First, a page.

IF there’s one entertainment guaranteed to fill seats at the Windmill Theatre it must be the annual post-Christmas pantomime.
And evidence of the enduring appeal of this January date was provided yet again last week when Littlehampton Musical Comedy Society staged their latest production.
There were packed houses at the seafront venue for performances of The Pied Piper of Hamelin, scripted for the group by Janet Webb, one of their own members.
She also co-choreographed and co-directed (with producer Lynne Jones).
And joined by musical director Daniel Paine, this trio devised and delivered another huge success for the company.
It was, indeed, one of the very best pantomimes in the society’s long and illustrious history.
And I certainly feel qualified to make such a judgment since I have been reviewing their shows from the society’s earliest days back in 1952.
A European legend that involves the mass abduction of children from a German city in the Middle Ages, The Pied Piper might seem a curious choice of subject for a lighthearted family affair.
But any lingering doubts about its suitability were dispelled when the curtain went up on last Wednesday’s opening night.
It quickly became obvious this was a very free adaptation of the original and emphasis was going to be on fun and frolics in the expected pantomime tradition.
The author had even engineered a completely happy ending.
There were some modern touches, including a generous helping of pop songs, but mainly we stayed with familiar and popular pantomime ingredients, often requiring much audience participation.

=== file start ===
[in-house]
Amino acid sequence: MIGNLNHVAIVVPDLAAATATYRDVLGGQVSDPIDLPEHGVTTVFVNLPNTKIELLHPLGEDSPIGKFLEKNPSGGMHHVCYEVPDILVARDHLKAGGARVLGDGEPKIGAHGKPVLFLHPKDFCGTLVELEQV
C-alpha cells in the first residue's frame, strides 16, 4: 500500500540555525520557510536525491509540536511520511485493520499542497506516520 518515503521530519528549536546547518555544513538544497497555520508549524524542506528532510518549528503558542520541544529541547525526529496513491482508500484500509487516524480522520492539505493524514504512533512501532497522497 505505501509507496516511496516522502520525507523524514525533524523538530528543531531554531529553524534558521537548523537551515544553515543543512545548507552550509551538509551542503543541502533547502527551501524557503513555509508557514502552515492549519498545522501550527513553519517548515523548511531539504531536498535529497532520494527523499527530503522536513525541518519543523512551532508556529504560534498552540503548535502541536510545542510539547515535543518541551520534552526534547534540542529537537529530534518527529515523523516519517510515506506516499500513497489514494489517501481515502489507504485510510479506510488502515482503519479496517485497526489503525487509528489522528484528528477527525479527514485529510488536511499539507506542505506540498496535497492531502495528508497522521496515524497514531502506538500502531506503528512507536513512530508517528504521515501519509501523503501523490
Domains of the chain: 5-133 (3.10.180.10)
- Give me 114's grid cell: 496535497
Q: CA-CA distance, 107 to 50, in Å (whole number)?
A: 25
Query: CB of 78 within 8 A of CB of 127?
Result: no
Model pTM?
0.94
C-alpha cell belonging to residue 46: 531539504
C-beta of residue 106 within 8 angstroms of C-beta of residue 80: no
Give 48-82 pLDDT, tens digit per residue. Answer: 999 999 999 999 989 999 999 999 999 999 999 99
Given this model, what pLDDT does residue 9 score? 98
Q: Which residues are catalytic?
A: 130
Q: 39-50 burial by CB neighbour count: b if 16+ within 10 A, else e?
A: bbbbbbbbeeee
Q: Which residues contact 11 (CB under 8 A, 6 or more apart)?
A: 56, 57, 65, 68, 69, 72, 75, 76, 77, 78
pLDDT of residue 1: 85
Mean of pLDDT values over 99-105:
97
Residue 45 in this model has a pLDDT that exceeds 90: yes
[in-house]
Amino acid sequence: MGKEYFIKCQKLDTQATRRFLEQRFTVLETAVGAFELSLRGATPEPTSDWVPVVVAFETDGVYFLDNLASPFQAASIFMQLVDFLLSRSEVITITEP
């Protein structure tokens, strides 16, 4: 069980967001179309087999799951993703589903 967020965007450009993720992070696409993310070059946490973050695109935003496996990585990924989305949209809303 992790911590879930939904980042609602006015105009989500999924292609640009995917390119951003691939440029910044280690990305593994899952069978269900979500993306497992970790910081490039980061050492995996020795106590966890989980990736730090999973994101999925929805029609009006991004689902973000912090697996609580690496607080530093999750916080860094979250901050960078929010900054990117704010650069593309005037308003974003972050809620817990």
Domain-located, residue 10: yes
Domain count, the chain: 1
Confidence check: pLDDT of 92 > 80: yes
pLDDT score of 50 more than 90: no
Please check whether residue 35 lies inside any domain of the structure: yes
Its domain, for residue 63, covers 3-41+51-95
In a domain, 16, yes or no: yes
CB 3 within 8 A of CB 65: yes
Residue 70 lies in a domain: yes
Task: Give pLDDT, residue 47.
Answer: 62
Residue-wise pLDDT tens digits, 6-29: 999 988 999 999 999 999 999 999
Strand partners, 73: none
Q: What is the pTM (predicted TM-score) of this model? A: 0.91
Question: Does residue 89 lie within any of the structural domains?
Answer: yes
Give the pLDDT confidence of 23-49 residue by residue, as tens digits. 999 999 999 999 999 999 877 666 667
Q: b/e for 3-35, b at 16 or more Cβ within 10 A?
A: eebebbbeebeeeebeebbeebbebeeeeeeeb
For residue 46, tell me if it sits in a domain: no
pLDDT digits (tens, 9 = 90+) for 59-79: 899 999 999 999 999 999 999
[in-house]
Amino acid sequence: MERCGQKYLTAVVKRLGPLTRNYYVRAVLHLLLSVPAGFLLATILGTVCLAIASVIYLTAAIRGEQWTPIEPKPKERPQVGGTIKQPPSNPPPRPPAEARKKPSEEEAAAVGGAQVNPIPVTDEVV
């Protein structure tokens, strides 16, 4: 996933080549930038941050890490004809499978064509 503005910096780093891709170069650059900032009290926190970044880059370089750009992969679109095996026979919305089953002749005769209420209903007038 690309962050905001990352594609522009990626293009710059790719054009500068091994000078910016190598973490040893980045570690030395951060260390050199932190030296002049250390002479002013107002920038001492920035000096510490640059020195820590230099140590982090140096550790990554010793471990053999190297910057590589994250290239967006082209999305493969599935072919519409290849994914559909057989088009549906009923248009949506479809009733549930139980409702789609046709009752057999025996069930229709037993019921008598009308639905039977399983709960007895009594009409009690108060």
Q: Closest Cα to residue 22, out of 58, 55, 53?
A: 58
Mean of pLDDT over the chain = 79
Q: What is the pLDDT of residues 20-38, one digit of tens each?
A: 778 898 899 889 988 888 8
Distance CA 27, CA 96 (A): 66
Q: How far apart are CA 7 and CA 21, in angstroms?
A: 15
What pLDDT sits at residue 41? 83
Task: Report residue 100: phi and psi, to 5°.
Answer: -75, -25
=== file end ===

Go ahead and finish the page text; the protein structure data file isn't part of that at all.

Chorus members worked hard in the musical numbers, with excellent vocalising and energetic dancing, costumes were colourful and eye catching, settings basic but attractive and the musical accompaniment firstrate.
The panto provided an ideal showcase for the society’s comedy talents and let me say right away how grand it was to welcome back landscape gardener Daryl Jones, resuming the role of dame after an absence of some years and demonstrating that he still had amazingly winning ways in drag, a great sense of humour and the ability to adlib his way out of any situation.
I also enjoyed the work of Alexei Hawkey and Craig Harbor, a great comedy duo as Scally and Wag.
Described as the “Ant and Dec of the rat world,” they were the halfwitted assistants of the rodent king, a part that enabled Gary Spight to be truly evil.
The most appealing contribution, though, came from delightful Michelle Shepherd-Ede, a joy to watch, all arms and legs, as the civic gardener Sammy.
She literally achieved her ambition to “bounce back” after a two year absence through ill health.
Emma Clothier gave elegance and style to the title role, while John Carroll successfully took over the part of the mayor at just two weeks’ notice.
Romantic interest with pleasing vocals was capably handled by 17-year-old Sam Kirkwood and 16-year-old Sophie Shepherd.
Completing the cast were Ian Sheppard (as the pompous town clerk), Penny Rendell, Damone Whittle and Emma Haddock.